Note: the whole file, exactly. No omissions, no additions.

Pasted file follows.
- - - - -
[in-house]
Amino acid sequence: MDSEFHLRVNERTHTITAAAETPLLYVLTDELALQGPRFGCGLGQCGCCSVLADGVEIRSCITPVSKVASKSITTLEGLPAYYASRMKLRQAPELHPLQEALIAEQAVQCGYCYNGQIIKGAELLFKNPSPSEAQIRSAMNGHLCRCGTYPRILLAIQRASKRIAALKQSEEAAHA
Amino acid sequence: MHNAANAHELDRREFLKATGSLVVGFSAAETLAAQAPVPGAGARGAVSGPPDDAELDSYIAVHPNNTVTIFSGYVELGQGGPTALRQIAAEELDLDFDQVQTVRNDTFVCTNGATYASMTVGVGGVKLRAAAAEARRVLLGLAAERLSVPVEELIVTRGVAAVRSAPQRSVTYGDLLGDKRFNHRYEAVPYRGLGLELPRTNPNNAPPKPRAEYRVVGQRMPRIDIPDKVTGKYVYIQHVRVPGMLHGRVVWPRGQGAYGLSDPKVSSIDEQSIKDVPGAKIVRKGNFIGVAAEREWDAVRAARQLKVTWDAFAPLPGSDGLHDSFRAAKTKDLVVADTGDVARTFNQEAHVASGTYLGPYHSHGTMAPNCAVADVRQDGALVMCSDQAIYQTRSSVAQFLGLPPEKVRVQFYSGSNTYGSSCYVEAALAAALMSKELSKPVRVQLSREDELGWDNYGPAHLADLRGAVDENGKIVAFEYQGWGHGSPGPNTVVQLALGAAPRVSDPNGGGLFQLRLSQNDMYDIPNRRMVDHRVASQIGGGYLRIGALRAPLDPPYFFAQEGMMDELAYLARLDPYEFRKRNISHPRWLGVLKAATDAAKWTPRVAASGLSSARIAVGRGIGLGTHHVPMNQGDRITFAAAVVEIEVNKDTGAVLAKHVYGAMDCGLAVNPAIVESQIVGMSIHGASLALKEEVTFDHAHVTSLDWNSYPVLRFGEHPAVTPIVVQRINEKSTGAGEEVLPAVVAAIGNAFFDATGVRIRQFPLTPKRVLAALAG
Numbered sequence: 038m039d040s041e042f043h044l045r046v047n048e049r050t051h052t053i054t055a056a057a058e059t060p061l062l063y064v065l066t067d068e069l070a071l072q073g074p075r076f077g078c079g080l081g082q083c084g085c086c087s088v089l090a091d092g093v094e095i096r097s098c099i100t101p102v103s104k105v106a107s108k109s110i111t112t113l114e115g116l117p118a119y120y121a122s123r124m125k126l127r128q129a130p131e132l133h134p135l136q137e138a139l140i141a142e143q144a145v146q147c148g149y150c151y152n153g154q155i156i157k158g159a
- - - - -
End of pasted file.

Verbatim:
[in-house]
Amino acid sequence: MDSEFHLRVNERTHTITAAAETPLLYVLTDELALQGPRFGCGLGQCGCCSVLADGVEIRSCITPVSKVASKSITTLEGLPAYYASRMKLRQAPELHPLQEALIAEQAVQCGYCYNGQIIKGAELLFKNPSPSEAQIRSAMNGHLCRCGTYPRILLAIQRASKRIAALKQSEEAAHA
Amino acid sequence: MHNAANAHELDRREFLKATGSLVVGFSAAETLAAQAPVPGAGARGAVSGPPDDAELDSYIAVHPNNTVTIFSGYVELGQGGPTALRQIAAEELDLDFDQVQTVRNDTFVCTNGATYASMTVGVGGVKLRAAAAEARRVLLGLAAERLSVPVEELIVTRGVAAVRSAPQRSVTYGDLLGDKRFNHRYEAVPYRGLGLELPRTNPNNAPPKPRAEYRVVGQRMPRIDIPDKVTGKYVYIQHVRVPGMLHGRVVWPRGQGAYGLSDPKVSSIDEQSIKDVPGAKIVRKGNFIGVAAEREWDAVRAARQLKVTWDAFAPLPGSDGLHDSFRAAKTKDLVVADTGDVARTFNQEAHVASGTYLGPYHSHGTMAPNCAVADVRQDGALVMCSDQAIYQTRSSVAQFLGLPPEKVRVQFYSGSNTYGSSCYVEAALAAALMSKELSKPVRVQLSREDELGWDNYGPAHLADLRGAVDENGKIVAFEYQGWGHGSPGPNTVVQLALGAAPRVSDPNGGGLFQLRLSQNDMYDIPNRRMVDHRVASQIGGGYLRIGALRAPLDPPYFFAQEGMMDELAYLARLDPYEFRKRNISHPRWLGVLKAATDAAKWTPRVAASGLSSARIAVGRGIGLGTHHVPMNQGDRITFAAAVVEIEVNKDTGAVLAKHVYGAMDCGLAVNPAIVESQIVGMSIHGASLALKEEVTFDHAHVTSLDWNSYPVLRFGEHPAVTPIVVQRINEKSTGAGEEVLPAVVAAIGNAFFDATGVRIRQFPLTPKRVLAALAG
Numbered sequence: 038m039d040s041e042f043h044l045r046v047n048e049r050t051h052t053i054t055a056a057a058e059t060p061l062l063y064v065l066t067d068e069l070a071l072q073g074p075r076f077g078c079g080l081g082q083c084g085c086c087s088v089l090a091d092g093v094e095i096r097s098c099i100t101p102v103s104k105v106a107s108k109s110i111t112t113l114e115g116l117p118a119y120y121a122s123r124m125k126l127r128q129a130p131e132l133h134p135l136q137e138a139l140i141a142e143q144a145v146q147c148g149y150c151y152n153g154q155i156i157k158g159a